To end the week strong, today’s inspirational singer is none other than Louis Armstrong. I’m sure some of you might be unfamiliar with him. But I do know that you’ve heard a few of his iconic songs repeatedly without you knowing it’s him. A few of those songs are What A Wonderful World and When The Saints Go Marching In.
That song is so iconic that many television commercials, documentaries, and films use it. His voice is attention-grabbing. It’s often low pitch, but vibrant. It has a smooth vibrato mixed in with a pleasant grit. You can even say that he sounds like the cookie monster sometimes.
If you ever saw him singing, his facial expression will catch your eyes. He’s always smiling when he sings. His pearly white teeth were often in full display whatever the lyrics were or pitch he was reaching. The only time you won’t see his choppers was when he’s using his trumpet or cornet.
The Battlefield Coal Seller
He’s born in New Orleans. He was raised by his grandparents first. Then he was returned back to his mother when he was five. He lived in an area nicknamed The Battlefield, where most families were poor.
When he was six, he entered a segregated school. To get by every day, Louis performed odd jobs for a Jewish family. Mostly, he was selling coal. When Louis was out and about doing work, he heard a spasm band. That’s the time when he got interested in music. By the way, spasm bands are a group of musicians using household items instead of actual instruments.
However, he dropped out of school when he reached 11 years of age. His family moved out, and together with other kids in the neighborhood, they formed a quartet to earn a few pennies on the street.
By the time he was 16, his father had left the family. Thankfully, the Jewish family treated him as a member of the household, and this took a lot of burdens. However, this only worsens the discriminating attitude of white folks toward him. After all, Jews were also a subject of racial attacks at that time.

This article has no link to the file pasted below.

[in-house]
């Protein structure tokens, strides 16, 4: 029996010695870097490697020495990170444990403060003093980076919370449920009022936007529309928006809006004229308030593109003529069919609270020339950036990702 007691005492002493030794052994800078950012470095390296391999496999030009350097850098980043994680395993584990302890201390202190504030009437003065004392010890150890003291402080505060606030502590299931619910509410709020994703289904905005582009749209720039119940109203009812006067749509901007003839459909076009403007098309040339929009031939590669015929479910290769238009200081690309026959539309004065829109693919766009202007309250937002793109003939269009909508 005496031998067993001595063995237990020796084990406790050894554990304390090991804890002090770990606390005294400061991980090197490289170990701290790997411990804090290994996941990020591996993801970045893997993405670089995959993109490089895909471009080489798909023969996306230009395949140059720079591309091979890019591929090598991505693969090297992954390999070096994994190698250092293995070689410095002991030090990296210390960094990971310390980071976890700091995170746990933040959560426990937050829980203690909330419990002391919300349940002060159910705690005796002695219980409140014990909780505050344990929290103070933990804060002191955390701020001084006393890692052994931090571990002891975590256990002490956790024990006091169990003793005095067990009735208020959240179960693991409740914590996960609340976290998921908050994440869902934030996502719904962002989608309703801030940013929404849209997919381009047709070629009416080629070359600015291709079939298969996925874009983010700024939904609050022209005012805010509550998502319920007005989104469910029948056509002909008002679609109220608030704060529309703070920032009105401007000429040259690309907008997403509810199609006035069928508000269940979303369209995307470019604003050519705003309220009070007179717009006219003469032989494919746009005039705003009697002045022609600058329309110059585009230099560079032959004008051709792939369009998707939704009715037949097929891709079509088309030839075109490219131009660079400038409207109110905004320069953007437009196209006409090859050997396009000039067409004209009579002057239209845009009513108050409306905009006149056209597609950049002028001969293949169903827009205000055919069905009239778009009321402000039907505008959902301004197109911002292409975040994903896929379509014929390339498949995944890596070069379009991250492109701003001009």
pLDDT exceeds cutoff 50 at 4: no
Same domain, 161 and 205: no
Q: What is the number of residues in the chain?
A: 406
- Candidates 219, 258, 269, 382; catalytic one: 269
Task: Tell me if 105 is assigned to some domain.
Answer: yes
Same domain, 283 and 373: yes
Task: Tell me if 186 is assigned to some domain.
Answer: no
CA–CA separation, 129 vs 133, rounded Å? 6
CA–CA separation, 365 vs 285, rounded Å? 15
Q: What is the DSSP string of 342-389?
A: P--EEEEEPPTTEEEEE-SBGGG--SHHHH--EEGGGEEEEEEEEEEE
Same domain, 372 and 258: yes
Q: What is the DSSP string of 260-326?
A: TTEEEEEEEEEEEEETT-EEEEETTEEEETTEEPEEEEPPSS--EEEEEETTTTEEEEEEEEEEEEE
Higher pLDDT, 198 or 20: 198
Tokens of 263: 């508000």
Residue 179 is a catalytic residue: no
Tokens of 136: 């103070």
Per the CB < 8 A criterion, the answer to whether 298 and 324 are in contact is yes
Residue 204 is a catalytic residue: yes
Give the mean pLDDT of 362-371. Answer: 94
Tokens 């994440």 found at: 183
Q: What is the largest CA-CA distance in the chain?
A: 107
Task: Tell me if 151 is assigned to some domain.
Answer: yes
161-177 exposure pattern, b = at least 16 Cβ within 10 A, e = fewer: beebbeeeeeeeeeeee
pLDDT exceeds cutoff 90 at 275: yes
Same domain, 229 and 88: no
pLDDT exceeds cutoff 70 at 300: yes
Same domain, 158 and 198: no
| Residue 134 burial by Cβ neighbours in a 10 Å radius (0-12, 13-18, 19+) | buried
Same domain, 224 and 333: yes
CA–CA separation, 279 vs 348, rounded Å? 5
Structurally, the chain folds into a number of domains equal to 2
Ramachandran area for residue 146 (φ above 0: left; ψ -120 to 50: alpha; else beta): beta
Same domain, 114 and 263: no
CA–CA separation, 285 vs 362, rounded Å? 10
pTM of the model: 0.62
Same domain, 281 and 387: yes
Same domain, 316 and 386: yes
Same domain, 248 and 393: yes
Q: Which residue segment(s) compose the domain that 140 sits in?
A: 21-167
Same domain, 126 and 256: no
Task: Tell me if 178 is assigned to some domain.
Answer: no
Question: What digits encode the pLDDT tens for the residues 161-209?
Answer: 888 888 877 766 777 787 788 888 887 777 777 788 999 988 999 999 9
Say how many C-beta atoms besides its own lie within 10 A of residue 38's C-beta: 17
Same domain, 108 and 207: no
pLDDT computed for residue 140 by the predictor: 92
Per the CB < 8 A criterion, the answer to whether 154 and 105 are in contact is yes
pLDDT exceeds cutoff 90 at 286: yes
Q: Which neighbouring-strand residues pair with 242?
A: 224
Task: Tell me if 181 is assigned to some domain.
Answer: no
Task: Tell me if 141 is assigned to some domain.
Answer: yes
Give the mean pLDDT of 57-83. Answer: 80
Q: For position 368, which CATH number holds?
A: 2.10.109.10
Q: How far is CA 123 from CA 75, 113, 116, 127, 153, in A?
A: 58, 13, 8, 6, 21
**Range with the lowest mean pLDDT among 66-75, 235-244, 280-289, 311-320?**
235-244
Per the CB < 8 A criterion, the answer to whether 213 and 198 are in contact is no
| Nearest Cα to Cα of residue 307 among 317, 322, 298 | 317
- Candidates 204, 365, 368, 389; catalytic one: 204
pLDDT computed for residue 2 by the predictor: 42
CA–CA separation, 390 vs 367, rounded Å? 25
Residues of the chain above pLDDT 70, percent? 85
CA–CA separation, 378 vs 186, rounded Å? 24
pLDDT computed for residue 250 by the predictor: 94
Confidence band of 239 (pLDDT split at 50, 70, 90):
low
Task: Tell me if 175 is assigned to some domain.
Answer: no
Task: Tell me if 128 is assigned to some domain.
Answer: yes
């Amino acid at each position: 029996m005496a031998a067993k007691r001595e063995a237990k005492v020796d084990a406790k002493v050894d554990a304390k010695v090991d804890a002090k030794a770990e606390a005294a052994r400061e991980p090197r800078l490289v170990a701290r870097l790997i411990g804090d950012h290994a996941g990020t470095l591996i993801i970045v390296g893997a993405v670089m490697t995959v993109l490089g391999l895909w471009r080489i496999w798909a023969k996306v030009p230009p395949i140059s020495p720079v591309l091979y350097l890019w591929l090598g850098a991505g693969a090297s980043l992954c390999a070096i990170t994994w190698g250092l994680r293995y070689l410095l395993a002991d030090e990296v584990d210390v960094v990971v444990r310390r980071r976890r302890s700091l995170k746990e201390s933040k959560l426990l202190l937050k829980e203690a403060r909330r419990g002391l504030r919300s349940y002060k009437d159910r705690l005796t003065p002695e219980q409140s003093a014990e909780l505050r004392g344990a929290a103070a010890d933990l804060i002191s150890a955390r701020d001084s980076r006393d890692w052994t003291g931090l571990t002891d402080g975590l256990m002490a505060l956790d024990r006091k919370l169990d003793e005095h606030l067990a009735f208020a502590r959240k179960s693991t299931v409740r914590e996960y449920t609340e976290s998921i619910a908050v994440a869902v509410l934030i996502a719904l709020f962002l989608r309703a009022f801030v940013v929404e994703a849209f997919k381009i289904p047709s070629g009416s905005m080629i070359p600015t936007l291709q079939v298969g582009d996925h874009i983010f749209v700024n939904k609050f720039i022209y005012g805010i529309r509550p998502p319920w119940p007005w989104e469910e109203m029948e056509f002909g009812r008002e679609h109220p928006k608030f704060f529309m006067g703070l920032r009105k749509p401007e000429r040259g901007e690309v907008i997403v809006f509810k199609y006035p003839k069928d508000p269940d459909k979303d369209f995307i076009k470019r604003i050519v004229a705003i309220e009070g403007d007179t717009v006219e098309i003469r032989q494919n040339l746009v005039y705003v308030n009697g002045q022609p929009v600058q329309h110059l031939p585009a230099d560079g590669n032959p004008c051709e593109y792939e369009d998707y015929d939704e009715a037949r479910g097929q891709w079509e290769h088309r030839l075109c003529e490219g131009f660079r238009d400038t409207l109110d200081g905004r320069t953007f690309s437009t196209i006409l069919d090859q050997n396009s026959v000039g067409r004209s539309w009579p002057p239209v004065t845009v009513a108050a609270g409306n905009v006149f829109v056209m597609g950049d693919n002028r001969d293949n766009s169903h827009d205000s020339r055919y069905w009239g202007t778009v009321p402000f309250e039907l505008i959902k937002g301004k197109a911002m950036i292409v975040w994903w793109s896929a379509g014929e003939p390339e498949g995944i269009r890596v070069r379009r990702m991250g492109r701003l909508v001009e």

The Riverboat Cornetist
Most of his teen life, he played in brass bands, which were stationed in riverboats, as a cornetist. During this time, he encountered multiple local celebrities—Fate Marable being the most notable of them all. Louis caught the attention of Marable, and the latter decided to teach the young boy.
The lessons he got from Marable bore fruit quickly. At 20, he had a better grasp of the technicalities of reading music and arrangement. At this point, he’s already taking gigs that made him do a lot of extended trumpet solos. He’s often remarked as one of the best players during his era, who had the pleasure to watch him play.
A few years later, he moved to Chicago to further improve his career and to answer the invitation of King Oliver, a famous trumpeter and Louis’ future mentor. This cycle repeated multiple times in Louis’ life. He separated from his current mentor just to be called by another artist and invited to be played and taught.
As he continued to play in different cities in the United States and in various bands, Louis’ playing and singing style evolved and evolved in each performance he had.
The Great Depression